Cross Country time 135 and 91?

Icywings2

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Mar 11, 2002
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why?
Hey all,

I am wondering how to add up my current cross country time.

Before I started flying Part 135 I logged all the cross country as any point more than 50 miles from the originating airport. That worked to move through the ratings. In turn, I added up only those trips as cross country in my logbook. Then once I got into the Part 135 world I learned that any 2 points will do for cross country.

The question of the day is what do I do about the many hours I did log between points that were not more than 50 miles before I got into Part 135?

I am doing a resume now and I need to show cross country. I can't really go back and change my old logbooks since I already totalled each page. I am concerned if my time on the resume is not the same as in the logbook I'll have a big problem.

I am sure I am not the first person to come across this. Can some of you seasoned pilots help me out and tell me what you all did?

Thanks a ton!!!!

-d-
 

avbug

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Icy,

The definition of cross country varies slightly under 14 CFR 61.1(b)(3). You are correct that you may log any flight with a landing at a point other than the point of departure, as cross country, so long as you used a means of navigation to get there. However, this has nothing to do with Part 135.

However, if you are logging cross country time to meet the experience requirements of any certificate or rating, the flight must extend to a point more than 50 nm from your origional point of departure. For all certificates or ratings except the ATP, this must include a landing at a point other beyond 50 nm straight line distance from the origional point of departure.

I see that you're showing 700 hours total time. This means that you still have some distance to go before you can apply for the ATP. That being the case, you should still stick to logging as cross country only flights that go beyond 50 nm. The ATP experience requirements don't demand that you perform a landing beyond 50 nm, only that the flight be conducted to a point more than 50 nm. (If you fly three hundred miles away and return without landing, it's still a cross country for the purposes of the ATP certificate).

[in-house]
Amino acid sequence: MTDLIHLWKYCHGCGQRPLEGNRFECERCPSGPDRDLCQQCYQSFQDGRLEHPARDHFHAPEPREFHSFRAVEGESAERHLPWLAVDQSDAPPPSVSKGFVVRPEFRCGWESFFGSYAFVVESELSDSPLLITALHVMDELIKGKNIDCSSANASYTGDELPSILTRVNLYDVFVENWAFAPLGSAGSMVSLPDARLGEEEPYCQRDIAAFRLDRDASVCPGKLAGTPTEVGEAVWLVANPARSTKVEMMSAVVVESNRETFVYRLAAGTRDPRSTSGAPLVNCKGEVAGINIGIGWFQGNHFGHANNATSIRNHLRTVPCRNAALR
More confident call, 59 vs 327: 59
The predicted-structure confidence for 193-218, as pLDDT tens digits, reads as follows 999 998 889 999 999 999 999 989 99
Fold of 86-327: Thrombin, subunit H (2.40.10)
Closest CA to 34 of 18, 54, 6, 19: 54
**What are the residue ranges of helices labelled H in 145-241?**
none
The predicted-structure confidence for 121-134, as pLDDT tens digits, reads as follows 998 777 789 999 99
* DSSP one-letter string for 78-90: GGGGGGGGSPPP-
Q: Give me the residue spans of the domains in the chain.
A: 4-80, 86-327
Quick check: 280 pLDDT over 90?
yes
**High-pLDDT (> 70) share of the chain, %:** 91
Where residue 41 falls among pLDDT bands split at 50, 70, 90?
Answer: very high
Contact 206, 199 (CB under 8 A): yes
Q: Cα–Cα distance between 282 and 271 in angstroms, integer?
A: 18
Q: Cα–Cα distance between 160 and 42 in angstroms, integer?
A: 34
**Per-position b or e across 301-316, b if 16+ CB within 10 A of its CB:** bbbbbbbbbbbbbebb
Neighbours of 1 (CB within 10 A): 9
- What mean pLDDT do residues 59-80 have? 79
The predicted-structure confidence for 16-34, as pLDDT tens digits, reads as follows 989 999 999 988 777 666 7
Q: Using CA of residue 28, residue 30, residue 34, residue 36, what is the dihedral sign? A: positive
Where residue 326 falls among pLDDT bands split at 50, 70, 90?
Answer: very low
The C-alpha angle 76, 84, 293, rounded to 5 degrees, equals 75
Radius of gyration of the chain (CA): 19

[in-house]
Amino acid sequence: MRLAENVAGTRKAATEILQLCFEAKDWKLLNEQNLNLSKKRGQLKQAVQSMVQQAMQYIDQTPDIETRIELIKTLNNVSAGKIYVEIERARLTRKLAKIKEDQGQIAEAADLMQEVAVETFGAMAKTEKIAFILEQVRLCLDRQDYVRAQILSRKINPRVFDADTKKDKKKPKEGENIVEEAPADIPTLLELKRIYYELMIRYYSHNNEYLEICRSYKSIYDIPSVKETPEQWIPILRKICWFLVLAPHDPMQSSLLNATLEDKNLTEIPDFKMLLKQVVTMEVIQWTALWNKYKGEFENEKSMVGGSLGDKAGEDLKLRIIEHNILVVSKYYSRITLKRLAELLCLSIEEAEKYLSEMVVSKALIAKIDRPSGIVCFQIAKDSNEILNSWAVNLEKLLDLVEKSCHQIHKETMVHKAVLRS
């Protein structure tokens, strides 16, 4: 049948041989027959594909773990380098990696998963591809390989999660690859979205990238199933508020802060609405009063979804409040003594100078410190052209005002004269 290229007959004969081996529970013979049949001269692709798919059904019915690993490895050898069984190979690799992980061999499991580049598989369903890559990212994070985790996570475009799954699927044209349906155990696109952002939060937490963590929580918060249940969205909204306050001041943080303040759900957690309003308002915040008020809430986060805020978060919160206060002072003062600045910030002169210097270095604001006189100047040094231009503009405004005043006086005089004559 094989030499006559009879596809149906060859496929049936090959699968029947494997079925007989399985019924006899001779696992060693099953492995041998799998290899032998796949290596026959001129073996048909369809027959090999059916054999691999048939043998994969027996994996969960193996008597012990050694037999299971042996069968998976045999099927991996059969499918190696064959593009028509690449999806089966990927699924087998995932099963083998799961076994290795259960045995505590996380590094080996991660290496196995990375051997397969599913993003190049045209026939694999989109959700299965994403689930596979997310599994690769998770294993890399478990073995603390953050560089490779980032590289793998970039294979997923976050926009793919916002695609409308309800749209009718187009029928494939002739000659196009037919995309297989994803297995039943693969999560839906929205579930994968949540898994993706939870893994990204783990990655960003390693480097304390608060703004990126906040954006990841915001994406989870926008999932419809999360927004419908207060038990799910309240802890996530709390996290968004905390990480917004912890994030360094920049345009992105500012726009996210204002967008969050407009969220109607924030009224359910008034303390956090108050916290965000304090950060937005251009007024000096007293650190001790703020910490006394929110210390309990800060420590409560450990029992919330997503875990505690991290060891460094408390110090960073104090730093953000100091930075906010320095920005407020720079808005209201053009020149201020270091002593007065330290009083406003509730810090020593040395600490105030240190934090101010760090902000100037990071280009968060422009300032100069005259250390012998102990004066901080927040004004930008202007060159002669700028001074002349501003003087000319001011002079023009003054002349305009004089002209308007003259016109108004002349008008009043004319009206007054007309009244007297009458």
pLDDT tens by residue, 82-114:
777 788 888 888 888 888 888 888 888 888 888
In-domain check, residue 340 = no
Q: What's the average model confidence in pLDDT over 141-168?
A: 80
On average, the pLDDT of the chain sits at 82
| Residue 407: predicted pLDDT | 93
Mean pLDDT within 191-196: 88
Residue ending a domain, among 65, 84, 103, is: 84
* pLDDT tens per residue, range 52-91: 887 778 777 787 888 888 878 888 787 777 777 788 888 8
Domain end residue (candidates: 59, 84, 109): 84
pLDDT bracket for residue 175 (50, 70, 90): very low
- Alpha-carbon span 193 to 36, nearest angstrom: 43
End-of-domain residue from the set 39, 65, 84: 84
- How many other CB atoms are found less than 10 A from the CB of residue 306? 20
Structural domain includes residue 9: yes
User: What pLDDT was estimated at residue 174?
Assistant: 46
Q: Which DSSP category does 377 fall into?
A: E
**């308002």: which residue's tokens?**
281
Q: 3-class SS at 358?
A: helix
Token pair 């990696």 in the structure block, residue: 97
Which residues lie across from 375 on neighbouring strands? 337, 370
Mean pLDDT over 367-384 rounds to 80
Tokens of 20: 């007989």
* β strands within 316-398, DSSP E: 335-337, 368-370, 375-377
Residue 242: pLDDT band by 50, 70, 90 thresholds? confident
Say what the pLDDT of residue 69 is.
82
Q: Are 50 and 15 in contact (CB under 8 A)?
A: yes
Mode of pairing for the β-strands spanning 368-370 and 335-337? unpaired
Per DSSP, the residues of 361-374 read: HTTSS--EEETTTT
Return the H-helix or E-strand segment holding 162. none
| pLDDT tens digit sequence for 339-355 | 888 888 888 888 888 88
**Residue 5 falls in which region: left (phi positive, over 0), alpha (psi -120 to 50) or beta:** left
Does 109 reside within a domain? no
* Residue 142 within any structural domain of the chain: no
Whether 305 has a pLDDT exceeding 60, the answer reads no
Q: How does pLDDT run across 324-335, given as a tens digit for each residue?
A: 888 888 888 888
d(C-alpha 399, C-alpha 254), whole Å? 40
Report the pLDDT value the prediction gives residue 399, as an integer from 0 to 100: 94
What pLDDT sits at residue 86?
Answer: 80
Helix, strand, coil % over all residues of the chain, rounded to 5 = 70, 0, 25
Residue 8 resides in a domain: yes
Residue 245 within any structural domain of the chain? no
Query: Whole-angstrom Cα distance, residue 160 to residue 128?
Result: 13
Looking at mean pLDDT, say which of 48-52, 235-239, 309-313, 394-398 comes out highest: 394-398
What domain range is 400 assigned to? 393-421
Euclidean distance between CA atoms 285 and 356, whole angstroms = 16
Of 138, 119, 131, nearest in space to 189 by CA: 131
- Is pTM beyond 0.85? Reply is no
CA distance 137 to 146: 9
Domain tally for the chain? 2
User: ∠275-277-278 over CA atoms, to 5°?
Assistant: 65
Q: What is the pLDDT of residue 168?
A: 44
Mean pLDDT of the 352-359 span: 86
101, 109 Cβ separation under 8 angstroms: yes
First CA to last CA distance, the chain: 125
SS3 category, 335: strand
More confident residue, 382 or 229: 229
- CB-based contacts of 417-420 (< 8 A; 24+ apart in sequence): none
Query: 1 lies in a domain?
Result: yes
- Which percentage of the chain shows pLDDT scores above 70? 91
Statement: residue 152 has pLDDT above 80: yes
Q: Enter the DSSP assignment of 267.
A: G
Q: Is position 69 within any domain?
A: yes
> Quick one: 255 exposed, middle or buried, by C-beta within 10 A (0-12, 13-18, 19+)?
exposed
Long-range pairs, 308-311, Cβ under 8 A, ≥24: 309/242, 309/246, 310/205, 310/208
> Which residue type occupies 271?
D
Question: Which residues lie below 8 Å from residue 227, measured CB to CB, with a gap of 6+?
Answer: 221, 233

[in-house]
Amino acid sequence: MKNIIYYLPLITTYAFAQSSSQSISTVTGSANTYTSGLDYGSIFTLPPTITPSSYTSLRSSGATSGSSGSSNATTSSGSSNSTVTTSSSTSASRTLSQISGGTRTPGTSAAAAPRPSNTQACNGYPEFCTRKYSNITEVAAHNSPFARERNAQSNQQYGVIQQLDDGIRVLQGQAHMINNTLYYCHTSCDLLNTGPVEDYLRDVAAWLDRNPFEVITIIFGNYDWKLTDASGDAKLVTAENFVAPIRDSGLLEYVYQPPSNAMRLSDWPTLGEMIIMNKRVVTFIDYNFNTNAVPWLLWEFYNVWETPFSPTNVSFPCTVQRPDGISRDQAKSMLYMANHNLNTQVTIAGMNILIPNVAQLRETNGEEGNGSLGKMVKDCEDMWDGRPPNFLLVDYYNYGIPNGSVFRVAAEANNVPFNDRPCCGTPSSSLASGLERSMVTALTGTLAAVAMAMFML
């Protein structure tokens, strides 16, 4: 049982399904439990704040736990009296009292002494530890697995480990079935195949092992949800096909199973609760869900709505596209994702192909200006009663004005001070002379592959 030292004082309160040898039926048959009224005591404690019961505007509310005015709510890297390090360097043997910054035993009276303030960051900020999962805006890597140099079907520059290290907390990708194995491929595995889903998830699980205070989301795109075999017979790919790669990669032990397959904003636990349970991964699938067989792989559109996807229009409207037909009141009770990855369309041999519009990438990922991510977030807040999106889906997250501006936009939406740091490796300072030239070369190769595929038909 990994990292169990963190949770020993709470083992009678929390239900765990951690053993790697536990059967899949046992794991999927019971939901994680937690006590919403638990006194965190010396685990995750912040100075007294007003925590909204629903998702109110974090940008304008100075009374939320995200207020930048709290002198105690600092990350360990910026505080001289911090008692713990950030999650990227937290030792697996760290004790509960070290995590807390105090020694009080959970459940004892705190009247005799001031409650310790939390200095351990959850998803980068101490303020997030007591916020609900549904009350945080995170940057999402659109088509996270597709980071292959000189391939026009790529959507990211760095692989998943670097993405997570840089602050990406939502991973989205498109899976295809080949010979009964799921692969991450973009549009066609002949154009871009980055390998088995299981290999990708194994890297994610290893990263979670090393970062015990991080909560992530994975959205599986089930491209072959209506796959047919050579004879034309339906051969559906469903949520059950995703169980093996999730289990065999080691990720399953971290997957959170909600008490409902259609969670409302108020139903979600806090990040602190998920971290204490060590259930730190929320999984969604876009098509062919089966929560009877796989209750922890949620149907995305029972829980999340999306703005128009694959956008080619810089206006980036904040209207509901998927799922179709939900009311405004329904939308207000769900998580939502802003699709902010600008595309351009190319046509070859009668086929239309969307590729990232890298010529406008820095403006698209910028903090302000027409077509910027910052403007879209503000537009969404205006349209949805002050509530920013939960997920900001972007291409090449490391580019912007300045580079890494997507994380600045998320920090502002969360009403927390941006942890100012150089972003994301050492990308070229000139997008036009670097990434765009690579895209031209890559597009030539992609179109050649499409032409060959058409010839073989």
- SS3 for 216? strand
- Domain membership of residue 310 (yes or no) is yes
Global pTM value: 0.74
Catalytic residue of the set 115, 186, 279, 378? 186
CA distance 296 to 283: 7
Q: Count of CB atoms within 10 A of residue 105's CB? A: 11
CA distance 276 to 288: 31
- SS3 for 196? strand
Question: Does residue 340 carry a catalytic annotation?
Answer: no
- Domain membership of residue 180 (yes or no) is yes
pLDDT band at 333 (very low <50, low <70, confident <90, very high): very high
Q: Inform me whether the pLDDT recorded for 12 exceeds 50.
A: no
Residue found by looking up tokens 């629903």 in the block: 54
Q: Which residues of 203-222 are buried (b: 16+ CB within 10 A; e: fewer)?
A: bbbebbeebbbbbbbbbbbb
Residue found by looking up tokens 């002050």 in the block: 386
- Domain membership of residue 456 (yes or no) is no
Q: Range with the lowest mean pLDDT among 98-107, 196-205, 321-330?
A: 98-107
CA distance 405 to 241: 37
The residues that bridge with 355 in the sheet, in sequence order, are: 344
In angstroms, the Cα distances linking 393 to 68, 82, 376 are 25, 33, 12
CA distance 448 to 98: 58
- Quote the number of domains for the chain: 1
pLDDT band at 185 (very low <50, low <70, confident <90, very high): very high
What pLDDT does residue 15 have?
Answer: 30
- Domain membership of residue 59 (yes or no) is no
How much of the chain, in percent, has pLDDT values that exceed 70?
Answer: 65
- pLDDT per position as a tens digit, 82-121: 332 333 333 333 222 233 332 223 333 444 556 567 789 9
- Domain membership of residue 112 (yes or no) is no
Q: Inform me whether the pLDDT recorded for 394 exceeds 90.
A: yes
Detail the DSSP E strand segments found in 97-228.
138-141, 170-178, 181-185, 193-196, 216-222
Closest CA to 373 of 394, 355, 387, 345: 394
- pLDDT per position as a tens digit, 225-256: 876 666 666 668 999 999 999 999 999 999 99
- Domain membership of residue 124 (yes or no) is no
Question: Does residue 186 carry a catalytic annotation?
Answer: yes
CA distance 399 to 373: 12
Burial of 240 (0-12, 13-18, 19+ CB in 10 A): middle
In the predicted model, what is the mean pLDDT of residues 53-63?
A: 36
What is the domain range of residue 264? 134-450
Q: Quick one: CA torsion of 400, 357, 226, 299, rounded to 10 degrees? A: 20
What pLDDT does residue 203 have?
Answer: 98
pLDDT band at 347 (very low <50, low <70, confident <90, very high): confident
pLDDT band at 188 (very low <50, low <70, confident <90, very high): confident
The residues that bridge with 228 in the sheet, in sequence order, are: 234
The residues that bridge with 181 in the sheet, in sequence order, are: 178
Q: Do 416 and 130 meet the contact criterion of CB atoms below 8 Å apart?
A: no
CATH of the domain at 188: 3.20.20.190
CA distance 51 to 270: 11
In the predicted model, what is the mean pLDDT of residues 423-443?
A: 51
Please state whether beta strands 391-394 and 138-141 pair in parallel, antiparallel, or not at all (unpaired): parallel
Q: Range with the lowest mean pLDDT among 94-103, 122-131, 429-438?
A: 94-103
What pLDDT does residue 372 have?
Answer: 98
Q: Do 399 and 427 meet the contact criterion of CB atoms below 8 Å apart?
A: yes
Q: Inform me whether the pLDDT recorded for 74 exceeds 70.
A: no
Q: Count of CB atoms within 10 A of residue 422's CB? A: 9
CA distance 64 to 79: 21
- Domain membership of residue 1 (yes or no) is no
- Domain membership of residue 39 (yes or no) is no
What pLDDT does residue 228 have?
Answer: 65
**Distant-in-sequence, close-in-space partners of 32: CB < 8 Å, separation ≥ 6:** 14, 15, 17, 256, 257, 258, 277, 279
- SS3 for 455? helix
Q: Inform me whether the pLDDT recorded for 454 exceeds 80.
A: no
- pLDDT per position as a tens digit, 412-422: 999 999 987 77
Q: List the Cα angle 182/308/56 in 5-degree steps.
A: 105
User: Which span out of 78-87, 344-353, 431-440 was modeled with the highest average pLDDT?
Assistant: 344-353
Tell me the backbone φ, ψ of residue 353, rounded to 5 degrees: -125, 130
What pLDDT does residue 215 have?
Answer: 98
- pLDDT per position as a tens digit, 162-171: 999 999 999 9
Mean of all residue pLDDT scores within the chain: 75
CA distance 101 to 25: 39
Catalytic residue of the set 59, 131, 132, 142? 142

With this in mind, plus the fact that the generally accepted definition of a cross country is 50 nm at minimum, I would encourage you to log nothing as cross country unless you go beyond that minimum distance. It doesn't look proper in your logbook even though it's legal to do. You're much better off logging by the industry standard than trying to build cross country time on short legs less than 50 miles.

Until you have enough experience and time to meet the cross country requirements for the ATP, then you need to stick with the logging requirements of 61.1(b)(3)(iv).
 

C425Driver

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Avbug,

Here's a suggestion that a Fed passed along to me. He described it as one of those things your CFI never taught you. None of my CFI's taught it to me!

If you are pursuing a professional career in flying, make two X-C columns in your logbook.

One column is for any X-C time regardless of the distance as defined in Part 61.1. This will show your total X-C time that can be applied to Part 135 mins. This is what a perspective employer will want to see.

The other column is for X-C more than 50nm. This will show your X-C time that will count toward any certificates or ratings. This is what an examiner will want to see when you go for a checkride.

By doing this you will always have the appropriate information readily available when you show up for an interview or a checkride.

Hope that helps. Fly safe,
C425Driver
 

C425Driver

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Oops, I meant to address that last post to IcyWings2.
 

avbug

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Most employers want to see the generally accepted definition, which is 50 nm. Why not only log flights in excess of 50 nm as cross country? It passes the "smell" test, requires only one column in an already crowded logbook, and shows that you are in tune with and in keeping with the industry standard.

Trying to log by loophole only looks bad.
 

Icywings2

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Joined
Mar 11, 2002
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why?
Well thank you for your input. I'll have to go back and check all of my flights to see which ones are shoret then the 50nm.
 
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